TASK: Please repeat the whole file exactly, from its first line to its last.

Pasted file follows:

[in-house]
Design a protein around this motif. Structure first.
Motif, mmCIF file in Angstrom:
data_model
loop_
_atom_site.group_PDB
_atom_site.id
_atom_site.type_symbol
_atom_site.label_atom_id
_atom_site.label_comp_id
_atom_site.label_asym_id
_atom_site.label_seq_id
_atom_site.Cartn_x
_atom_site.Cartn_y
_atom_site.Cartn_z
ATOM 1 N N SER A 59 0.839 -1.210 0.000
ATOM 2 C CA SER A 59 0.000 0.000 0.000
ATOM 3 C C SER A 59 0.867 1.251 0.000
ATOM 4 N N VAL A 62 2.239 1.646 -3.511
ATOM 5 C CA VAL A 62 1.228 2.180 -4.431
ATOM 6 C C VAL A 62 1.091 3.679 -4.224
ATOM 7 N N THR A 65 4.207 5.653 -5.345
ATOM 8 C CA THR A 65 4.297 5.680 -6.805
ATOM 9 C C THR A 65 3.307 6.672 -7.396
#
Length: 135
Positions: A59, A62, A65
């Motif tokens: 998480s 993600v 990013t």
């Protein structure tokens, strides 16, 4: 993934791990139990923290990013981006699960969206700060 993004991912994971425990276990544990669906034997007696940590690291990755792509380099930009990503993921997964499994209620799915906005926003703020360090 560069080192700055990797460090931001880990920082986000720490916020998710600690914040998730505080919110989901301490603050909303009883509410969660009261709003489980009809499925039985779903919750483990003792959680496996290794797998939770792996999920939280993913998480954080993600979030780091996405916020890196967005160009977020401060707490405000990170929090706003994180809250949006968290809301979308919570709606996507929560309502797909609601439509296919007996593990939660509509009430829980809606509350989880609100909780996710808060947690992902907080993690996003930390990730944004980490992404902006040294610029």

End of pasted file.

[in-house]
Design a protein around this motif. Structure first.
Motif, mmCIF file in Angstrom:
data_model
loop_
_atom_site.group_PDB
_atom_site.id
_atom_site.type_symbol
_atom_site.label_atom_id
_atom_site.label_comp_id
_atom_site.label_asym_id
_atom_site.label_seq_id
_atom_site.Cartn_x
_atom_site.Cartn_y
_atom_site.Cartn_z
ATOM 1 N N SER A 59 0.839 -1.210 0.000
ATOM 2 C CA SER A 59 0.000 0.000 0.000
ATOM 3 C C SER A 59 0.867 1.251 0.000
ATOM 4 N N VAL A 62 2.239 1.646 -3.511
ATOM 5 C CA VAL A 62 1.228 2.180 -4.431
ATOM 6 C C VAL A 62 1.091 3.679 -4.224
ATOM 7 N N THR A 65 4.207 5.653 -5.345
ATOM 8 C CA THR A 65 4.297 5.680 -6.805
ATOM 9 C C THR A 65 3.307 6.672 -7.396
#
Length: 135
Positions: A59, A62, A65
């Motif tokens: 998480s 993600v 990013t």
């Protein structure tokens, strides 16, 4: 993934791990139990923290990013981006699960969206700060 993004991912994971425990276990544990669906034997007696940590690291990755792509380099930009990503993921997964499994209620799915906005926003703020360090 560069080192700055990797460090931001880990920082986000720490916020998710600690914040998730505080919110989901301490603050909303009883509410969660009261709003489980009809499925039985779903919750483990003792959680496996290794797998939770792996999920939280993913998480954080993600979030780091996405916020890196967005160009977020401060707490405000990170929090706003994180809250949006968290809301979308919570709606996507929560309502797909609601439509296919007996593990939660509509009430829980809606509350989880609100909780996710808060947690992902907080993690996003930390990730944004980490992404902006040294610029």